Be selective about how you get items from an SPList

Just read an interesting article from Waldek Mastykarz called ‘Performance of various methods to retrieve one list item’. It’s well worth a look – go and read it.

So, the interesting thing I took away from it was just how slow the GetItemById() method was compared to an SPQuery. Why? Wouldn’t it make sense to use and SPQuery within the GetItemById() method?

Well a bit of Reflector digging (again) shows that it does! But it isn’t just a query for the item with that Id – it also specifies that the

SPQuery.ViewAttributes = "Scope="RecursiveAll" ModerationType="Moderator" ";

Hmm. So it’s probably a more complicated query. Depending on your solution, you might not need “RecursiveAll” – I try to avoid folders in lists, preferring views to break down my content.

So, the lesson that I took away was that if you are doing a LOT of getting items from lists, it is worth considering how you want to. There isn’t a right answer, unfortunately, and testing is key. The problem is, there are many factors:

  • Can you use caching?
  • Do you know the list you’re getting items from?
  • Are you getting items from more than one list?
  • Do you have folders?
  • What other parameters might your query have?

It’s difficult to know, hence I think Waldek is right – give it a test so you have some idea!

Be selective about how you get items from an SPList

Interesting Idea for Efficiency – Avoid SPList.Items…

An interesting post by Rob Garrett about avoiding using SPList.Items.Add() – as referencing SPList.Items causes you to get all items in a list, and that can be pretty slow. He does suggest a solution.

I must confess, I’m surprised. I mean, what he describes makes sense – and also explains why have both SPList.ItemCount and SPList.Items.Count (same problem – and the former should be faster) – but surely there is some equivalent already build, some SPList.AddItem() to do it for you? Guess not.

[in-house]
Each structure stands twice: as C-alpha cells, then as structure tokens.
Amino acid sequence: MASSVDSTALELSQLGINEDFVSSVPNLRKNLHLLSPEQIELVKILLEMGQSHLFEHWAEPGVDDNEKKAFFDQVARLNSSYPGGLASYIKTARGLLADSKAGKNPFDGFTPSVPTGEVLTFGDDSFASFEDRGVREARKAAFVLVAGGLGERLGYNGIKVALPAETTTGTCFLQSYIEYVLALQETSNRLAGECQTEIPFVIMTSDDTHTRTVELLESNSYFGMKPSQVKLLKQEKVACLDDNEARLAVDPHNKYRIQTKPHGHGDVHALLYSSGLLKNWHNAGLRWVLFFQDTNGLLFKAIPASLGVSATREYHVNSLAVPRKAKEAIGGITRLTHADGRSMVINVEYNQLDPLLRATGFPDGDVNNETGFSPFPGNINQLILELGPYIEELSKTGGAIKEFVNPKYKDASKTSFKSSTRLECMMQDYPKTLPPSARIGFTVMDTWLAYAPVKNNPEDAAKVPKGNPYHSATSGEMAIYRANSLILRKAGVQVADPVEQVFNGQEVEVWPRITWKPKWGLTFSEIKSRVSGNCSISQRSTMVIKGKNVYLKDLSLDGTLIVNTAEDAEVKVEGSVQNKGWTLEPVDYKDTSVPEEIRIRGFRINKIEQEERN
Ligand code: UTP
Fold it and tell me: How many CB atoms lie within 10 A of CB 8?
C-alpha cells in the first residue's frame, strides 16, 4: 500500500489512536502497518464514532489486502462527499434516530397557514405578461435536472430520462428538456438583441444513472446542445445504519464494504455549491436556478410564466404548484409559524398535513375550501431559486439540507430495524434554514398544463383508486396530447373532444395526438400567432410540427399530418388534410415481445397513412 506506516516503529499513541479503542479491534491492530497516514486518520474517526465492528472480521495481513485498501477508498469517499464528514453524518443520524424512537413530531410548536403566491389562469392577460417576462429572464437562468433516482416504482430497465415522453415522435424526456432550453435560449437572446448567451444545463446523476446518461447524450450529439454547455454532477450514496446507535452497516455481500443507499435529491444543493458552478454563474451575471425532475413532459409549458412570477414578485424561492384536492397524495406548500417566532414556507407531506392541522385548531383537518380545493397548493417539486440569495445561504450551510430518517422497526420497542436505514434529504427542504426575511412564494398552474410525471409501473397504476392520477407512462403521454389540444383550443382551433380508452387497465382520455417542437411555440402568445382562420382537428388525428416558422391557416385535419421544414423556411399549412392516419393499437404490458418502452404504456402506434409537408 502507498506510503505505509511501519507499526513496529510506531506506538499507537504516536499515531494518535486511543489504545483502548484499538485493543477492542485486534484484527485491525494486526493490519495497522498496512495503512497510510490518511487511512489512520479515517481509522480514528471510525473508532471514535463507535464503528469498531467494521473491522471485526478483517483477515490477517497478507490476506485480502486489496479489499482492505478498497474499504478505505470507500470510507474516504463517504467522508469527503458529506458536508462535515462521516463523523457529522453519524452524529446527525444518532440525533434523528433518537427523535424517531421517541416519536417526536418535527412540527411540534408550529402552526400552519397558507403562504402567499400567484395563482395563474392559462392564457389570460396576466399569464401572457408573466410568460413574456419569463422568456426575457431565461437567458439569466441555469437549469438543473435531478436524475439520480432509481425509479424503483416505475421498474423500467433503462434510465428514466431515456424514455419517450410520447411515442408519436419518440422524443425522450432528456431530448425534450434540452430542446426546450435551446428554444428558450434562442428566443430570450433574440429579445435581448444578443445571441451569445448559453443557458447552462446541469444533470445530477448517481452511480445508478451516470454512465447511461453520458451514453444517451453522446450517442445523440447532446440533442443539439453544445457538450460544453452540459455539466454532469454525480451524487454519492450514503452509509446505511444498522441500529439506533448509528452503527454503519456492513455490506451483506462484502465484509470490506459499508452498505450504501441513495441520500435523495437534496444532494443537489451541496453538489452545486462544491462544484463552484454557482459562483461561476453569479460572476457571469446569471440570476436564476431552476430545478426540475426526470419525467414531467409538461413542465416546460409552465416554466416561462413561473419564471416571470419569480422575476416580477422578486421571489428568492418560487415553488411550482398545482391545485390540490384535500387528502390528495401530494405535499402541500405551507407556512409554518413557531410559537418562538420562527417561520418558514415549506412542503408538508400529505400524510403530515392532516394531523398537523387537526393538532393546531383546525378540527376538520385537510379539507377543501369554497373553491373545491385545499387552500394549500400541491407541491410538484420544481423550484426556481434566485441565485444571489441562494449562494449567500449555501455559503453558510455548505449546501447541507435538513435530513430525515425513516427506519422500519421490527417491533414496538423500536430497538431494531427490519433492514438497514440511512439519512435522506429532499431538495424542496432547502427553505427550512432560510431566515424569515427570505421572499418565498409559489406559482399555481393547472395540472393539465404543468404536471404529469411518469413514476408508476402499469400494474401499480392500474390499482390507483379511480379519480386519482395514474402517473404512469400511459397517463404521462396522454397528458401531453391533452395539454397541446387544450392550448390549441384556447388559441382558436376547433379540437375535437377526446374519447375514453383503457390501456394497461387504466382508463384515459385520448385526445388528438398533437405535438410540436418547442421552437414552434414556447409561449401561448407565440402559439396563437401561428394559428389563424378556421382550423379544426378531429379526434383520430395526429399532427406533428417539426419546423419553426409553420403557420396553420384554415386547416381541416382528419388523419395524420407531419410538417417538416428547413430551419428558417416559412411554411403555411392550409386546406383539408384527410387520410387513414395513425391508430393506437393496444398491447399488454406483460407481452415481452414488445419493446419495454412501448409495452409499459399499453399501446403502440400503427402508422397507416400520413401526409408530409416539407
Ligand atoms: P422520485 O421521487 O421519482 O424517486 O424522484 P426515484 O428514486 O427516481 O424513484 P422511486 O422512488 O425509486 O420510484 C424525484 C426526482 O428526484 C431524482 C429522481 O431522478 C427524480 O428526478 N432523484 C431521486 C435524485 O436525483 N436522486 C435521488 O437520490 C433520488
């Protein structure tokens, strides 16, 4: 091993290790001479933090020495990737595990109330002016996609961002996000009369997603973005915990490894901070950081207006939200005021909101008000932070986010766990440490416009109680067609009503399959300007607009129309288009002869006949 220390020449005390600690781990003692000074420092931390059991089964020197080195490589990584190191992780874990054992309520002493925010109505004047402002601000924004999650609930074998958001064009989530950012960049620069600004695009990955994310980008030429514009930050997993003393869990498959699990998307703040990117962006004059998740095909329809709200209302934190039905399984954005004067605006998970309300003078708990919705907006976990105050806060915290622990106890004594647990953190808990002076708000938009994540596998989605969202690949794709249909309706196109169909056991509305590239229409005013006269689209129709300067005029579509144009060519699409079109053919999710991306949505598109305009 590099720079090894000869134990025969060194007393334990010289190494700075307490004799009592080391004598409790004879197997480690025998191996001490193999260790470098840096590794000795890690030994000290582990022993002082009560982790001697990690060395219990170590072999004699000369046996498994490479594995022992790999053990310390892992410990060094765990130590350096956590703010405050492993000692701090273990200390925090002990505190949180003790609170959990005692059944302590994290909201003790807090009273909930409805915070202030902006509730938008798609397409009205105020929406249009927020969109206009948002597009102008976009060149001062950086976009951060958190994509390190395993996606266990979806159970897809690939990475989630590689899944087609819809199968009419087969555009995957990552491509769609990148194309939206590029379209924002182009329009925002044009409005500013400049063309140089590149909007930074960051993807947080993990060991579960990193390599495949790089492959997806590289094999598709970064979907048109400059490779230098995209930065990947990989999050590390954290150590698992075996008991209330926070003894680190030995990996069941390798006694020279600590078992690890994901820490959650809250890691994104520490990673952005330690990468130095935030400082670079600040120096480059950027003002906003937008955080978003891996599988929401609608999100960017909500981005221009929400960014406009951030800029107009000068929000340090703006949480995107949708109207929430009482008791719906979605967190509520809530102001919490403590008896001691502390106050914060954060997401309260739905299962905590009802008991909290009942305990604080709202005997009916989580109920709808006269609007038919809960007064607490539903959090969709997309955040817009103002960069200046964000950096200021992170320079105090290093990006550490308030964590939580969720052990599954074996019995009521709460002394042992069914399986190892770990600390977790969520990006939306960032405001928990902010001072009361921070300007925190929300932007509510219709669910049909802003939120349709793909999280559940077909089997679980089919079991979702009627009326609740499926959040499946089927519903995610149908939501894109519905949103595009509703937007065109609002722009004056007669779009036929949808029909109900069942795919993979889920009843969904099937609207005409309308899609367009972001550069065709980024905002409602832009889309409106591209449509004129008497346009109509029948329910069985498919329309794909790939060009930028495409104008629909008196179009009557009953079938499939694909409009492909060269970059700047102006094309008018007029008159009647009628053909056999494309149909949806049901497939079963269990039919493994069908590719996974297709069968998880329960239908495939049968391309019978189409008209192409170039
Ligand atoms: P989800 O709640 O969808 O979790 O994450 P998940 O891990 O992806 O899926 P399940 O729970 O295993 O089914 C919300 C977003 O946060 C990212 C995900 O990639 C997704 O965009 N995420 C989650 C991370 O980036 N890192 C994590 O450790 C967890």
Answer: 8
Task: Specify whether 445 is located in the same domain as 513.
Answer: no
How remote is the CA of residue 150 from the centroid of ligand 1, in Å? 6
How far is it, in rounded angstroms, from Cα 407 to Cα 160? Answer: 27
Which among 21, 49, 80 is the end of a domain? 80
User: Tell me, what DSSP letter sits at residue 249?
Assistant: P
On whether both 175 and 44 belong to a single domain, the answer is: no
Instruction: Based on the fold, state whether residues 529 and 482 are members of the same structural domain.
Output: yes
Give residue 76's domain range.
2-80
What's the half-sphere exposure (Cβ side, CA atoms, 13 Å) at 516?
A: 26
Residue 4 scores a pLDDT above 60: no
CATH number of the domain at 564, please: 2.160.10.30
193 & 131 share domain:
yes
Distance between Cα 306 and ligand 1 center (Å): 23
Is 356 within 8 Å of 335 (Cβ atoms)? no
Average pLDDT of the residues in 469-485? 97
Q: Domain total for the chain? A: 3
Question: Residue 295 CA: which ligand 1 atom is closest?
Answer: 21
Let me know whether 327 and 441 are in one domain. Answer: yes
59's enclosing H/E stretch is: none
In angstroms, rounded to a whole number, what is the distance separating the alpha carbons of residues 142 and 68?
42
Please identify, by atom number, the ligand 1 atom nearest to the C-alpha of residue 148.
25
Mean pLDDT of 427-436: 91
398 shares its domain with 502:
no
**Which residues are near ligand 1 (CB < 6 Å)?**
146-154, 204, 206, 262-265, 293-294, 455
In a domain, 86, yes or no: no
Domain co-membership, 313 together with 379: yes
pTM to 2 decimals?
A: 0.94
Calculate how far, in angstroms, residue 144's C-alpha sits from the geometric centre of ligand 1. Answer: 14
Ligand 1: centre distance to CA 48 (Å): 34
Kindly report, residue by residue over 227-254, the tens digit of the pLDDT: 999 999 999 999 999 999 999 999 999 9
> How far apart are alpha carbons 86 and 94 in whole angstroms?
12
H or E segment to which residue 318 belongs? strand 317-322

Might be a small optimisation, but it starts to become clearer why the 2000 item recommendation…

At some point, I’ll try and generate some metrics, and then we’ll see when it becomes more efficient and how much so.

Interesting Idea for Efficiency – Avoid SPList.Items…

WSS Practice: Checking in/out Documents, and Versioning

Well, for the WSS application developer exam, you’re supposed to know about programmatically checking in and out documents:

//*** Check out a document
Console.WriteLine("Check out {0}", myItem["Name"]);
myItem.File.CheckOut();
Console.ReadLine();
//*** Check in a Document (Minor Check in)
myItem.File.CheckIn("Checked in Programmatically", SPCheckinType.MinorCheckIn );
Console.WriteLine("Item Checked in");
Console.ReadLine();

One should also be able to list all versions of a document:

//*** List all versions of a document
Console.WriteLine(myItem.Name);
foreach (SPFileVersion ver in myItem.File.Versions)
{
Console.WriteLine(" - v{0} ({1})", ver.VersionLabel, ver.CheckInComment);
}
Console.ReadLine();

And restore a version:

//*** Restore to version 1.0
myItem.File.CheckOut();
myItem.File.Versions.RestoreByLabel("1.0");
myItem.File.CheckIn("Restored by Program to v1.0");
Console.WriteLine("{0} restored to v1.0", myItem.Name);

All pretty straight forward.

WSS Practice: Checking in/out Documents, and Versioning